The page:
Like the sea, cyberspace is a space of freedom and exchange for all those, ever more numerous, who move through it with greater or lesser levels of protection. As an infinite space whose riches attract the attention of some and arouse the keen interest of others, digital space often seems abstract, so that it needs to be made more concrete for decisionmakers to be able to grasp what is at stake. Linked to strategic priorities (trade, finance, transportation, culture, security, defence…), the data circulating in this space are indeed coveted. As a boundless medium, lending itself to anonymity and easily accessible to all, cyberspace is after all reminiscent of the maritime environment. Like it, it is a space of exchanges, of influence, where conflicts occur over control, whether lawful or not, of the riches it contains.

Like the maritime world, it is a space of confrontations between nations and must deal with the presence of pirates, who emerge more specifically from the Web’s deeper recesses.

Finally, these violent presences may attack institutions as well as economies or individuals.

 

Armed forces on the front lines, though not necessarily as a potential target

While pirates of the high seas act in a traditional fashion with conventional or crude weaponry, systems that are connected to cyberspace and their information exchange supports offer far greater exposure and are more accessible.

This vulnerability is also to be seen in defence systems, that however remain less exposed in peacetime. Attacks on warships from pirates have remained few and far between over past centuries due to the risks entailed in such actions and the scant merchant value of such targets.

A defence system, even though it is connected, may represent but one target among others for a pirate, neither more nor less exposed, but much better defended and much less interesting in mercantile terms. Such systems may on a given isolated occasion be the target of attacks and the victim of incidents, but these remain measured and answer the need nations have of acquiring intelligence within the context of the preparation of a potential conflict.

Knowledge at the heart of cyber

The preparation of an attack, or more generally, that of a conflict, always starts with intelligence gathering based on the exploitation of security flaws in the potential target. This proves indispensable in a cyberenvironment in order to:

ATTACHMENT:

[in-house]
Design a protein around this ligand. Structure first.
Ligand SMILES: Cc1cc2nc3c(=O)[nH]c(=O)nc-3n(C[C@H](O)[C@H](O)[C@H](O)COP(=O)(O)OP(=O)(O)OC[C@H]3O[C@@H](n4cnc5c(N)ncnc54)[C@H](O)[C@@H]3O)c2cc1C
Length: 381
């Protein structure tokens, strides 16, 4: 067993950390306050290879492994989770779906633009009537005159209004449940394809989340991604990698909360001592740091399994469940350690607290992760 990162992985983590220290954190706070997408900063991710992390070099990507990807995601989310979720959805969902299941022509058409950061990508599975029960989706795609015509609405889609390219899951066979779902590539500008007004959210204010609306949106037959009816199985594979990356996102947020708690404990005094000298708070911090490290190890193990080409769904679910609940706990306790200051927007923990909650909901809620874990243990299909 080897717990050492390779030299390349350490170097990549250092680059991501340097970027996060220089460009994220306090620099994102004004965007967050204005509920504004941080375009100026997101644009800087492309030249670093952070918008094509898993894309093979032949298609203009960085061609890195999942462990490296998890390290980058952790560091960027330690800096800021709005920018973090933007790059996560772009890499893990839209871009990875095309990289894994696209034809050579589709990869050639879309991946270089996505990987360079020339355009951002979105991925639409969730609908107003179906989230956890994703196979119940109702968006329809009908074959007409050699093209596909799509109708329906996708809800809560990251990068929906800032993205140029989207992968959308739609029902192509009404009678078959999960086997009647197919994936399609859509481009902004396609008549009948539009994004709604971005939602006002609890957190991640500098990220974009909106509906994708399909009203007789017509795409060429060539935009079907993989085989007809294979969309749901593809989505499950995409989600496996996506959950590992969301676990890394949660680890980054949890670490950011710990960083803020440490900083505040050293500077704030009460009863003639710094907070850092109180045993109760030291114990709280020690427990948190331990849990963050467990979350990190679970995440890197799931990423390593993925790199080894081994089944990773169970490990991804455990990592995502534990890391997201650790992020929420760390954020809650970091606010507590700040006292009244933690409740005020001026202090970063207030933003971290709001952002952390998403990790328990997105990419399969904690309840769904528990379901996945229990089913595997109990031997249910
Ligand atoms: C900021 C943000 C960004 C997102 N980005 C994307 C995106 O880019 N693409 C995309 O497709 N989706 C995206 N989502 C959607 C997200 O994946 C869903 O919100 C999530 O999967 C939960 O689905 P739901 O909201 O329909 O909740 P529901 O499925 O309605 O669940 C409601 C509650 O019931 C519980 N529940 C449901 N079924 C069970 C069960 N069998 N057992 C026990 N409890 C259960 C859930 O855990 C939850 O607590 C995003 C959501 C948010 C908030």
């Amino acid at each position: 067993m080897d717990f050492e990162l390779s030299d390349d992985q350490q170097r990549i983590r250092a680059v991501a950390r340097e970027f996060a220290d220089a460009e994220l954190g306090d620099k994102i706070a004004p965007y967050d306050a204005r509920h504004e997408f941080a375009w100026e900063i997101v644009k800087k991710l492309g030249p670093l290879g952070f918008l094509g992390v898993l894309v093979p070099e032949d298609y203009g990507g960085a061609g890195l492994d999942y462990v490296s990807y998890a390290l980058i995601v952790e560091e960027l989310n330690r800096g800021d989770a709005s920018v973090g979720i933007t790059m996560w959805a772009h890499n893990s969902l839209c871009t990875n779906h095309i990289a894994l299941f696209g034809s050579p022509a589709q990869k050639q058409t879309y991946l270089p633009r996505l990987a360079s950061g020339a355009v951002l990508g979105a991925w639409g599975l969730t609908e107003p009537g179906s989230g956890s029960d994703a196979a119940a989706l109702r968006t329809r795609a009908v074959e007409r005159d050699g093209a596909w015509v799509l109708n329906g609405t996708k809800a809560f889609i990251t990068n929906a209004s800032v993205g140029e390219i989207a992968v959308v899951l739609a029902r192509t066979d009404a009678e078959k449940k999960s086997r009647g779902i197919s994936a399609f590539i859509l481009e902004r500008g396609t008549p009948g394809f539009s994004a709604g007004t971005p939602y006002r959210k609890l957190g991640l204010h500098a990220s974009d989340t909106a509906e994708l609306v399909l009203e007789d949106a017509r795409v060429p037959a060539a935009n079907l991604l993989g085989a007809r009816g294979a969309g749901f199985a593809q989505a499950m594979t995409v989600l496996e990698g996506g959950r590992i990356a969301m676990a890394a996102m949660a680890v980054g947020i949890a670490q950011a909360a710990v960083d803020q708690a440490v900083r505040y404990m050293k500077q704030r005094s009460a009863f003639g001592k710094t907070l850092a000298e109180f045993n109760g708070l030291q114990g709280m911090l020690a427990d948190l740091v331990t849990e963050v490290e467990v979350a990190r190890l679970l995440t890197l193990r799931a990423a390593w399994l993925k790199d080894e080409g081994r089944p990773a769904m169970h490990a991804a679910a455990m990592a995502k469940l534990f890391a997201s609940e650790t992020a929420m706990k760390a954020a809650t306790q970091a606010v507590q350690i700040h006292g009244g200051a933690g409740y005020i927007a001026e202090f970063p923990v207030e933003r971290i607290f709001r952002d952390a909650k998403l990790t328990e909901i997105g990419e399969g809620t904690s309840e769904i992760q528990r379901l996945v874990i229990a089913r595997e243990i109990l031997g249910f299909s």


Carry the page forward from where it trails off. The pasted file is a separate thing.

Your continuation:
• map the opponent’s infrastructures and the protections they enjoy, in as discreet a manner as possible to avoid detection, but in a continuous manner to stay abreast of the development of infrastructures and environments;
  • identify vulnerabilities and gaps, which entails engaging in somewhat intrusive actions at the risk, as it happens, of leaving traces, and thus of setting a wise target on its guard;
  • attempt to establish:
    • the profile of the opponent’s areas of expertise, so as to bring into play similar or even superior abilities before going on the offensive;
    • the aversion to cyberrisks of the opponent’s decision-making grades, so as to identify the management’s cyberdependence level and its ability to function without these systems;
  • in the case of a less targeted attack, relatively unsophisticated tools are enough to reach many targets, causing visible disruptions;
  • in the case of a very targeted attack, the idea is to create offensive modes of action to disrupt the opponent’s communications, paralyse his infrastructures, destroy his supports, steal/copy contents, etc. Each of the means must be defined, sized, designed and tested for a given target: every server, every network device, every password represents an obstacle that will need to be overcome in an adaptive and iterative fashion.

 

In the military area, the unavoidable delays in the collection of data or intelligence about enemy facilities make the hypothesis of an attack in support of a conventional attack more and more uncomfortable. For such a situation would suppose that the enemy be identified months or even years in advance, that targets have been predefined and the means of intervention preassigned and mobilized. At a more global level, this stage of information-gathering sometimes offers the possibility of accessing badly protected data about the enemy’s strategic facilities.

It is/would be useless to expect certainties about the time the enemy will need to carry out a cyberoffensive and what its effects on his opponent will be, given the level of resilience of the latter’s infrastructures in the face of an attack.

Many types of offensives need to be considered:

  • discreet actions such as SQL injection or malware (Stuxnet, Wiper, Flame, miniFlame, Gauss, etc.) aimed at disrupting/distorting the operation of facilities, or stealing, distorting, or even destroying information;
  • a visible attack, such as hacking, carried out through an intermediary if need be, with a view to paralysing equipment (disruptions of positioning or navigation assistance systems) or economic operations (blocking of bank transactions), or even to manipulate public opinion about the incompetence of leaders (government sites in denial of service or getting defaced, blocking of the Internet, etc.).
  • data theft, with varying degrees of visibility, with the aim of getting money for them (Ransomware)

 

Aims pursued